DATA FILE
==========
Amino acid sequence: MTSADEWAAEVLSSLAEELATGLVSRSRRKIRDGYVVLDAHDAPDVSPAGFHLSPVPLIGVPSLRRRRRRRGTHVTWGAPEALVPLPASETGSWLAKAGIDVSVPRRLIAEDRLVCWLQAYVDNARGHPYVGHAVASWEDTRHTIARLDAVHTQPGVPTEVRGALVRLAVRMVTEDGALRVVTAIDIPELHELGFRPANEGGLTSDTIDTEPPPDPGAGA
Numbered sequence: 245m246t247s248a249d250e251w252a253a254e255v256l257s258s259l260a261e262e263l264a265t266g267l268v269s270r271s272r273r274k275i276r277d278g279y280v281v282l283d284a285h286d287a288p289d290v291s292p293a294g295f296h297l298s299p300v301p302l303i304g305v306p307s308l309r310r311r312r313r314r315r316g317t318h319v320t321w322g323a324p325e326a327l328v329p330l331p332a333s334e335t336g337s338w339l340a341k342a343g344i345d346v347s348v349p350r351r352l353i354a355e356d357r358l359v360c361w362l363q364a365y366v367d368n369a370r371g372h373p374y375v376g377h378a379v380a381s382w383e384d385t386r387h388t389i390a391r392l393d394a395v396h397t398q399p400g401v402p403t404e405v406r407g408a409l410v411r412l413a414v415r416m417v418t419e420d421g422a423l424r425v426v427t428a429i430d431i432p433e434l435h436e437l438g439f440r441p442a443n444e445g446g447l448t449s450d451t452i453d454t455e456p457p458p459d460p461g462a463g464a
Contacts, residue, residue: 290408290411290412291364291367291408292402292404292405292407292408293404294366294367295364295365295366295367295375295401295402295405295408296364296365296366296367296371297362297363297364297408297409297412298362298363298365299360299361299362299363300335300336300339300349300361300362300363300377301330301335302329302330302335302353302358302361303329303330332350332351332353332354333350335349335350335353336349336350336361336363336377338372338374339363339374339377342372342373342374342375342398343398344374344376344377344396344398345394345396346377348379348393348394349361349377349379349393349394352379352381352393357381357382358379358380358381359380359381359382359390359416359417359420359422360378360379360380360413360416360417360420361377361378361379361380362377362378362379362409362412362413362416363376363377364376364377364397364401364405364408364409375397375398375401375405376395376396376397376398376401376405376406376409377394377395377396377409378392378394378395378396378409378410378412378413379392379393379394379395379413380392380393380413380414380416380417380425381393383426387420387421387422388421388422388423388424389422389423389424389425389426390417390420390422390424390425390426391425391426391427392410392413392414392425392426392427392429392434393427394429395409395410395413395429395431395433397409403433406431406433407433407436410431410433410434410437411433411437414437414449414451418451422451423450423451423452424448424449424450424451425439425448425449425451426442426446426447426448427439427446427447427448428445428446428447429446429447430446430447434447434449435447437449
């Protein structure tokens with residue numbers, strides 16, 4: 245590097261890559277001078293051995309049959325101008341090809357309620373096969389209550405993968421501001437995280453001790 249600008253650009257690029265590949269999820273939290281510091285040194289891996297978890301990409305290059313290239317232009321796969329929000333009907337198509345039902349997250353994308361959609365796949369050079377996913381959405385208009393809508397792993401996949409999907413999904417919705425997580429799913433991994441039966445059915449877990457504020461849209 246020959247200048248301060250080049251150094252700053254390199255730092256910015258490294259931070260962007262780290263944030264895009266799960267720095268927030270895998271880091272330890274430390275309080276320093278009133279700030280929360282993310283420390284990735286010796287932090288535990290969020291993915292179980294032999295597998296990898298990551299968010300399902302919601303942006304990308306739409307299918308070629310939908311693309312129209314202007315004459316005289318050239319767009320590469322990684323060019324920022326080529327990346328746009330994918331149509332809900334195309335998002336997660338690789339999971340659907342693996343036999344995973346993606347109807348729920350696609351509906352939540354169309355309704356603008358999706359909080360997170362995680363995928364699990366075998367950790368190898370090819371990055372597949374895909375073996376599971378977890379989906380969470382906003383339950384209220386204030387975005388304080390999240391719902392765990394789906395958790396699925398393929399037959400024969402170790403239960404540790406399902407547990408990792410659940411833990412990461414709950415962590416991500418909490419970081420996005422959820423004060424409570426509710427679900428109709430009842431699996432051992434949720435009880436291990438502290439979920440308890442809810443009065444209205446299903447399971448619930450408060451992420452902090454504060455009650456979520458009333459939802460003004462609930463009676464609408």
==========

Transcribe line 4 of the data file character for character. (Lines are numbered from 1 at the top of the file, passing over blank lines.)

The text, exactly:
């Protein structure tokens with residue numbers, strides 16, 4: 245590097261890559277001078293051995309049959325101008341090809357309620373096969389209550405993968421501001437995280453001790 249600008253650009257690029265590949269999820273939290281510091285040194289891996297978890301990409305290059313290239317232009321796969329929000333009907337198509345039902349997250353994308361959609365796949369050079377996913381959405385208009393809508397792993401996949409999907413999904417919705425997580429799913433991994441039966445059915449877990457504020461849209 246020959247200048248301060250080049251150094252700053254390199255730092256910015258490294259931070260962007262780290263944030264895009266799960267720095268927030270895998271880091272330890274430390275309080276320093278009133279700030280929360282993310283420390284990735286010796287932090288535990290969020291993915292179980294032999295597998296990898298990551299968010300399902302919601303942006304990308306739409307299918308070629310939908311693309312129209314202007315004459316005289318050239319767009320590469322990684323060019324920022326080529327990346328746009330994918331149509332809900334195309335998002336997660338690789339999971340659907342693996343036999344995973346993606347109807348729920350696609351509906352939540354169309355309704356603008358999706359909080360997170362995680363995928364699990366075998367950790368190898370090819371990055372597949374895909375073996376599971378977890379989906380969470382906003383339950384209220386204030387975005388304080390999240391719902392765990394789906395958790396699925398393929399037959400024969402170790403239960404540790406399902407547990408990792410659940411833990412990461414709950415962590416991500418909490419970081420996005422959820423004060424409570426509710427679900428109709430009842431699996432051992434949720435009880436291990438502290439979920440308890442809810443009065444209205446299903447399971448619930450408060451992420452902090454504060455009650456979520458009333459939802460003004462609930463009676464609408």